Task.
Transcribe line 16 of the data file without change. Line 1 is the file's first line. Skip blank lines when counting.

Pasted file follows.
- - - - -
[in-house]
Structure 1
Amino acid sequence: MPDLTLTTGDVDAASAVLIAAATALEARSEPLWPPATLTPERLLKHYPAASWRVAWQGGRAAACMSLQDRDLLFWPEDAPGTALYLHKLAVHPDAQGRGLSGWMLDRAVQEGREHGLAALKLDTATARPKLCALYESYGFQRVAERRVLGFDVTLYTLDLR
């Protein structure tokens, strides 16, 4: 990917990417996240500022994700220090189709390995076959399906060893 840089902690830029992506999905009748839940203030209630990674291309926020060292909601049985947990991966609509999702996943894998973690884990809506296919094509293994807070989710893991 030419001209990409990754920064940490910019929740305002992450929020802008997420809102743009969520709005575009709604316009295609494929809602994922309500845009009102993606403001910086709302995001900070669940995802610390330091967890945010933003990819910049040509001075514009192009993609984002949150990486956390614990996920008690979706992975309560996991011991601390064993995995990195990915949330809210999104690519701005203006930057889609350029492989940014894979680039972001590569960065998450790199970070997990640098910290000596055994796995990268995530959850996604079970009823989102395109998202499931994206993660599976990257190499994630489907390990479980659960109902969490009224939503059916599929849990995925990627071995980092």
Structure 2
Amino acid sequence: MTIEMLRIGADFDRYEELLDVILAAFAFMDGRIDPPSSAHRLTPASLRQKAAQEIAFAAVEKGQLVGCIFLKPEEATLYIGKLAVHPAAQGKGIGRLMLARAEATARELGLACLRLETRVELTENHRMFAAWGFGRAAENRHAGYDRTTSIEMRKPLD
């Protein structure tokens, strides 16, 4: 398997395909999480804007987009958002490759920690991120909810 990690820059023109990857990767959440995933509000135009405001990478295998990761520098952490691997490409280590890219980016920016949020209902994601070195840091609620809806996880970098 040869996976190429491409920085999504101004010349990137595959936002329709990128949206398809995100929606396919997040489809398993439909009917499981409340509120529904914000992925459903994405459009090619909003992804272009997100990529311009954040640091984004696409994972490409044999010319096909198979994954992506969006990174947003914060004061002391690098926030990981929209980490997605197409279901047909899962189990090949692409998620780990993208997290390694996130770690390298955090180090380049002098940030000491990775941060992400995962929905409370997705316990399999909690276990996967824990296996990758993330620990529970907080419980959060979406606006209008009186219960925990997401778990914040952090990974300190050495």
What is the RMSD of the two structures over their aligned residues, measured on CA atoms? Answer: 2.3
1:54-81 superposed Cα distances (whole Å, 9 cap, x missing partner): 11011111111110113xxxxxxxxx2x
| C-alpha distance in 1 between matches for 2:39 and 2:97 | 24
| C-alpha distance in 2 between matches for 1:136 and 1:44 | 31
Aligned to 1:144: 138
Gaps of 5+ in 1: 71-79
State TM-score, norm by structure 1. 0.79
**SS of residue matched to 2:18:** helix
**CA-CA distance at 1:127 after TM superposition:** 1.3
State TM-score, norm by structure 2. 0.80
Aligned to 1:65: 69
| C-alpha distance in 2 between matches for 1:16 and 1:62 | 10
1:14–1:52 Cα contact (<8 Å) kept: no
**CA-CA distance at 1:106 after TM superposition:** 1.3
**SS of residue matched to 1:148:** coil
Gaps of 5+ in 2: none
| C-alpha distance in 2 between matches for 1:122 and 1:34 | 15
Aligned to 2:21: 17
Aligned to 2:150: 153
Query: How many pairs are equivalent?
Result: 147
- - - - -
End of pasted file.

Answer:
**CA-CA distance at 1:127 after TM superposition:** 1.3